The importance of professional rep and ‘deal doctoring’
That’s why it’s so important for the seller of the acquired firm to be able to trust the buyer to run their company better than they can.
Fostering that kind of trust comes down to two factors: The reputation of the brokerage’s agents in their local professional community and the ability of the participants to “deal-doctor” as needed, Lund said.
“If a brokerage is more than a year old, co-brokers and co-agents know their reputation. It’s a small business, and how the agents conduct their business is paramount.”
One of the biggest factors that predicts a successful merger is a talent for and dedication to compliance. When a broker is good at compliance? Friendly, easy deals are the result, Lund said. When they’re not? Messy paperwork can derail the deal.
Some of the compliance cracks show up in situations where a broker is managing hundreds of agents without sufficient oversight. In that case, their cooperating brokers end up doing a lot of the paperwork to get transactions to the closing table. That not only affects the broker’s professional reputation; it also means that the compliance records needed for the merger may not be available.
Once a potential merger has been identified, he continued, there are many specifics that need to be worked out for the deal to move forward. At that point, the agent and broker begin the deal-doctoring process, which requires a lot of communication.
Once there’s a potential match that looks like a win-win for both parties, the process of due diligence, along with cultural and business alignment, begins. A merger is going to operate somewhat like a joint venture for at least the first two or three years, in many cases, so developing trust upfront and throughout the process of putting together the purchase agreement is essential.
The most important part of M&A? Know how to keep a secret
The third and most important phase of the merger process is keeping the transaction confidential, Slusser and Lund agreed. “No one can know until the day it’s announced to the agents. If they think it’s coming, they are incredibly recruitable.”
Their book includes a checklist of everything that must be done — quietly — before Day One, when the merger is announced. This includes changes to everything: MLS and association registrations, listing agreements, pending transactions, signage, websites, business cards and IDX agreements.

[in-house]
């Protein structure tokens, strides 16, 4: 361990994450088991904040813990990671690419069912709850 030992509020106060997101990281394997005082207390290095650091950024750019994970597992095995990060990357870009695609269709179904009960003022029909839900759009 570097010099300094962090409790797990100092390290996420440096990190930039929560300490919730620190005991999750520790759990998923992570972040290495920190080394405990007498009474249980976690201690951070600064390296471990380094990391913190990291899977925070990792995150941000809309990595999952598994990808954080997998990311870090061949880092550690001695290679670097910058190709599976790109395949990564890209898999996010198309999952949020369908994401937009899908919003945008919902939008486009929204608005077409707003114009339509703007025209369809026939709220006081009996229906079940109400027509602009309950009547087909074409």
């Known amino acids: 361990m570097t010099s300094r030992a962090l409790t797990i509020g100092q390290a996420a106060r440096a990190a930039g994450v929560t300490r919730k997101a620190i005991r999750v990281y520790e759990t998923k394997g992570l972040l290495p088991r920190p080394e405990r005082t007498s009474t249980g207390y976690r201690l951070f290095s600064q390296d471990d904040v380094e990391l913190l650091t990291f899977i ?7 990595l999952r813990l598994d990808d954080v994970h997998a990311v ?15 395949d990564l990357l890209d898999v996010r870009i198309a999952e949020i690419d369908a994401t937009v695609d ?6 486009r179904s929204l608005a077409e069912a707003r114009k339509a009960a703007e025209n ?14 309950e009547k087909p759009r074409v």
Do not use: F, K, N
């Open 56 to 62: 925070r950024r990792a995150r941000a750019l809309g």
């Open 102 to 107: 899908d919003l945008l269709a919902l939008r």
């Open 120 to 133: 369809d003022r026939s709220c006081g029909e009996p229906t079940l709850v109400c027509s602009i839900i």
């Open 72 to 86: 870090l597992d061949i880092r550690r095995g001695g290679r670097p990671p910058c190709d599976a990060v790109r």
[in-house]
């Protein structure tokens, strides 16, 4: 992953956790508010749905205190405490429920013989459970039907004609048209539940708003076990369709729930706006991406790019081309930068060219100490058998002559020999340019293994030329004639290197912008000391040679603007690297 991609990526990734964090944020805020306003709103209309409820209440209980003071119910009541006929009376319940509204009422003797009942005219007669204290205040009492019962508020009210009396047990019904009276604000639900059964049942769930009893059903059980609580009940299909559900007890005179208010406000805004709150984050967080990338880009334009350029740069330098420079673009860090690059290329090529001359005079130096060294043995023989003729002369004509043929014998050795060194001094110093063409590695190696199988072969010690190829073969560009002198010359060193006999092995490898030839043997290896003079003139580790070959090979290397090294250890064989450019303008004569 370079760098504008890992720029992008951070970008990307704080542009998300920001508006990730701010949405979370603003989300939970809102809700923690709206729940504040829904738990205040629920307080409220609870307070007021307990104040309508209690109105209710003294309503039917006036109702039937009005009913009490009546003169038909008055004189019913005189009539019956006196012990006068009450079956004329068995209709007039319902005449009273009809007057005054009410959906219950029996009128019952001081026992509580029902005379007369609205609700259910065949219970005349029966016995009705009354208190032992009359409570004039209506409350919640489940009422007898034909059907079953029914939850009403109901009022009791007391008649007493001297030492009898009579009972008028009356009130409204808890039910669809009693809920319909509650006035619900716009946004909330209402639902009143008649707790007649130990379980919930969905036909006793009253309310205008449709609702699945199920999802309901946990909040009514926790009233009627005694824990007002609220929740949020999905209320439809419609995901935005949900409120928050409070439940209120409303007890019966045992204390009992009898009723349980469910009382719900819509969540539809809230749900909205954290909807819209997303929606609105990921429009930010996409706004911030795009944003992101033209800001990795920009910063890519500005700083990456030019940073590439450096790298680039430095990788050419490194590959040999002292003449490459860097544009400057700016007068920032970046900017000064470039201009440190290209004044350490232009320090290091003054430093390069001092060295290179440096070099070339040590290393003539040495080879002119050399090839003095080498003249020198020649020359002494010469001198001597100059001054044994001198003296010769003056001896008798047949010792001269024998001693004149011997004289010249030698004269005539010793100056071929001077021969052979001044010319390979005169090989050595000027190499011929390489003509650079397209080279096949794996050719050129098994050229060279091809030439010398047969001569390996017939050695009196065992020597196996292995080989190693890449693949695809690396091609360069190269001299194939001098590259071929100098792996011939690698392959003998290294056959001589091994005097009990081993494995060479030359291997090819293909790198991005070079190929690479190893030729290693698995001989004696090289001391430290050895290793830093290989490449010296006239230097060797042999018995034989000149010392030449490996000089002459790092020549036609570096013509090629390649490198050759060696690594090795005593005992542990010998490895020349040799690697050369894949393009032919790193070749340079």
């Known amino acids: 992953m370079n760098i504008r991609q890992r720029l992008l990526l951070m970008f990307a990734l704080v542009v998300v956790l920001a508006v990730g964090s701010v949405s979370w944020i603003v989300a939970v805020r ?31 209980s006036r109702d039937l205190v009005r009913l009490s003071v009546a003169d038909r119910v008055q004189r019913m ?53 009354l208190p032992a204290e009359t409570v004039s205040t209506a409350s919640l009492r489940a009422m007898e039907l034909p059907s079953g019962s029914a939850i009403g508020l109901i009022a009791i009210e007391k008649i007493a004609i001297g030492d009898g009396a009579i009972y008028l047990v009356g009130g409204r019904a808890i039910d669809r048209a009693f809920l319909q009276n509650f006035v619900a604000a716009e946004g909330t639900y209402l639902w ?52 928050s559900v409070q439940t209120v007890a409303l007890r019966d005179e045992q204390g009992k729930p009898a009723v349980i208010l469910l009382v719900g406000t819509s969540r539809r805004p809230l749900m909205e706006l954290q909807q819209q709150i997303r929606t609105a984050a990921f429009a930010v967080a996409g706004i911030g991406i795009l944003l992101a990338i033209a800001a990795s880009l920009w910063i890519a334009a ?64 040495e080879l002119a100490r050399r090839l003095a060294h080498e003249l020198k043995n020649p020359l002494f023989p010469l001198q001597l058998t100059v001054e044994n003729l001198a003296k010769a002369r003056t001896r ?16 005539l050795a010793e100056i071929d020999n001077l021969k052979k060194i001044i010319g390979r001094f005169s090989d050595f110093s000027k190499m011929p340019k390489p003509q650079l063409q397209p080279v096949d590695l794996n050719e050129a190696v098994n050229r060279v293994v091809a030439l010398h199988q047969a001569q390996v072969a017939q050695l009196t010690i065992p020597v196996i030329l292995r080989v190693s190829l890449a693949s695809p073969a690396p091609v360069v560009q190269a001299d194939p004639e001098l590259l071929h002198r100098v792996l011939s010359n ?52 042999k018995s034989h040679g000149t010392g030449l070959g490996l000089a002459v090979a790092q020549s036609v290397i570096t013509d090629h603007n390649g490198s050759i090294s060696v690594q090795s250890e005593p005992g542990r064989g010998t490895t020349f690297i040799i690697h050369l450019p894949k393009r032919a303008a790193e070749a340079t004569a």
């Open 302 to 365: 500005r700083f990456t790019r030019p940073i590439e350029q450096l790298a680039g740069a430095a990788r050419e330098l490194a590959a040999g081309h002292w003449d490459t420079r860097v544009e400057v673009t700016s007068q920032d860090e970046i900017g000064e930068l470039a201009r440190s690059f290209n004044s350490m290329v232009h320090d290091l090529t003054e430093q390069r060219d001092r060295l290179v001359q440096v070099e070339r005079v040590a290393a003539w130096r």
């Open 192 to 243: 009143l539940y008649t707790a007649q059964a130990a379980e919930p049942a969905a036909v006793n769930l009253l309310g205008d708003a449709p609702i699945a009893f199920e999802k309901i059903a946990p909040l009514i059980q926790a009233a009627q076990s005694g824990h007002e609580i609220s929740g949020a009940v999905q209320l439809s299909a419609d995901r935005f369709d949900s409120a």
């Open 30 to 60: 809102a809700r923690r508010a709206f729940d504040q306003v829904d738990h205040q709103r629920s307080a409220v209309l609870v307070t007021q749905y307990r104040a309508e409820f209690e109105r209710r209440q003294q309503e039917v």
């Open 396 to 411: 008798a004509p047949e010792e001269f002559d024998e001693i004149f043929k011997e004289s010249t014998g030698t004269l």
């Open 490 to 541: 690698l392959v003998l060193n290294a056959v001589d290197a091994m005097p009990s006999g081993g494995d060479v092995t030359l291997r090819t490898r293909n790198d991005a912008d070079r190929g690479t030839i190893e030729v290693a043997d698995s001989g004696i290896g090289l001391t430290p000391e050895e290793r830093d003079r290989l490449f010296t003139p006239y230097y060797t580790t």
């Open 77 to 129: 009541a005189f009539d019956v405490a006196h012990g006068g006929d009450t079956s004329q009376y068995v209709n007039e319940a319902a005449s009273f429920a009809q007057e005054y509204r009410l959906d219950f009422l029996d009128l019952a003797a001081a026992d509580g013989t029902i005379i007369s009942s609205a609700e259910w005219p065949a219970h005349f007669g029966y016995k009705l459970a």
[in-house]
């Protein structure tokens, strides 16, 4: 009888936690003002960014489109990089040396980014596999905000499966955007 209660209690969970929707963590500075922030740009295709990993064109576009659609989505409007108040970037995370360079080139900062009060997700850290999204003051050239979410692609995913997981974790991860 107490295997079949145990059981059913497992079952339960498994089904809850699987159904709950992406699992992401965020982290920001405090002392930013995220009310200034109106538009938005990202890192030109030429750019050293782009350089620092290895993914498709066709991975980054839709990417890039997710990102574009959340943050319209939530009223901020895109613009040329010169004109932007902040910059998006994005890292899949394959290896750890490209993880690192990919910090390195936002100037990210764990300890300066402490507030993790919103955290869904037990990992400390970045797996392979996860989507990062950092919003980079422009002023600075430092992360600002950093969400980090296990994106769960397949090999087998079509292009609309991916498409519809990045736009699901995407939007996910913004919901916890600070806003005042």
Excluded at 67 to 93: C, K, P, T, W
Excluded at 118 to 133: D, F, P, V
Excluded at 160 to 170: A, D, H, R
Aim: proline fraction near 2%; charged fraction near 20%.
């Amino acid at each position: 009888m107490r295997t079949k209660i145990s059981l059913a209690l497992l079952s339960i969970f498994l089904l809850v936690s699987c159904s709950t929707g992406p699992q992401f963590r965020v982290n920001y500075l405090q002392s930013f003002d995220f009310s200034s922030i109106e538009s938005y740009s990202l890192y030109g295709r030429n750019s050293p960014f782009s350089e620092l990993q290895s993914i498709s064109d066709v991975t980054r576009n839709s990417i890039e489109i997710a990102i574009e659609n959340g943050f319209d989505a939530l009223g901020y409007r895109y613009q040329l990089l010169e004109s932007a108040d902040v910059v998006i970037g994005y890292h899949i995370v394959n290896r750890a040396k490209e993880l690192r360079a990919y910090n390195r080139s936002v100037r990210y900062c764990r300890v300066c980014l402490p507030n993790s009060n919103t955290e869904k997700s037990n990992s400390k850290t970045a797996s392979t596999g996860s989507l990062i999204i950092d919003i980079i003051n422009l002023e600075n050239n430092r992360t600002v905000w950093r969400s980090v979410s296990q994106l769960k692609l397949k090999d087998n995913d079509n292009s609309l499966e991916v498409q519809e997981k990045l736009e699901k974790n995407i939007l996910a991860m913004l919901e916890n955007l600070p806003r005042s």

It’s essential to be able to tell agents that “they’re not going to miss a beat in their business because you’ve prepared everything. Listing agreements, what to say to customers: It’s that one thing you forget that hurts.”
In terms of determining who is a good target for M&A, there are two categories: core and challenger regions. A core region is where the brokerage currently has 20 percent market share or higher. A challenger region has less, so the acquiring brokerage is trying to acquire market share.
“When you get to 20 percent, you become a superpower in the market,” Lund said.
Another option is to look at lookalike markets outside the brokerage’s current footprint. For example, Howard Hanna acquired Allen Tate in the Carolinas, in part because it was a lookalike market for them. Here too, alignment played a big factor.
Similarly, HomeServices of America, which has strong real estate plus strong ancillary services in commercial, new homes and property management, looked for companies that had all of those factors when acquiring Ebby Halliday and Long & Foster.
‘It’s simple math’
Even a company that is struggling can look for alignment in its market. “If you’re losing money, you want to look at your neighbors who are losing money and have those conversations. The cost of having an office is $20,000 a month. If you look at your margin per transaction, it’s easy to do the math to see how much volume is just covering the cost of operations,” Lund said.
“If I’m losing $10,000 a month, I need to find someone else losing $10,000, zero out their operating costs, and then neither of us is losing money. You can see the transaction volume of another broker because it’s reported in the MLS. You know the cost of operating per square foot in your area. It’s simple math.”
While a broker or owner who’s thinking about M&A can call on the expertise of WAV, Lund says that the book contains the knowledge and experience of Slusser, who is “one of the most senior executives in M&A transactions in the history of the industry,” as well as Lund himself.
“With the implementation guide, you can value your business on your own. You can get to the number and every stage of building a strategy. With 108,000 brokerages in America, and 2000 M&A transactions a year at most, there are 104,000 brokers who did not do an M&A last year,” he said.
Christy Murdock is a freelance writer, coach and consultant and the owner of Writing Real Estate. Connect with Writing Real Estate on Instagram and subscribe to the weekly roundup, The Ketchup, in either newsletter or podcast form.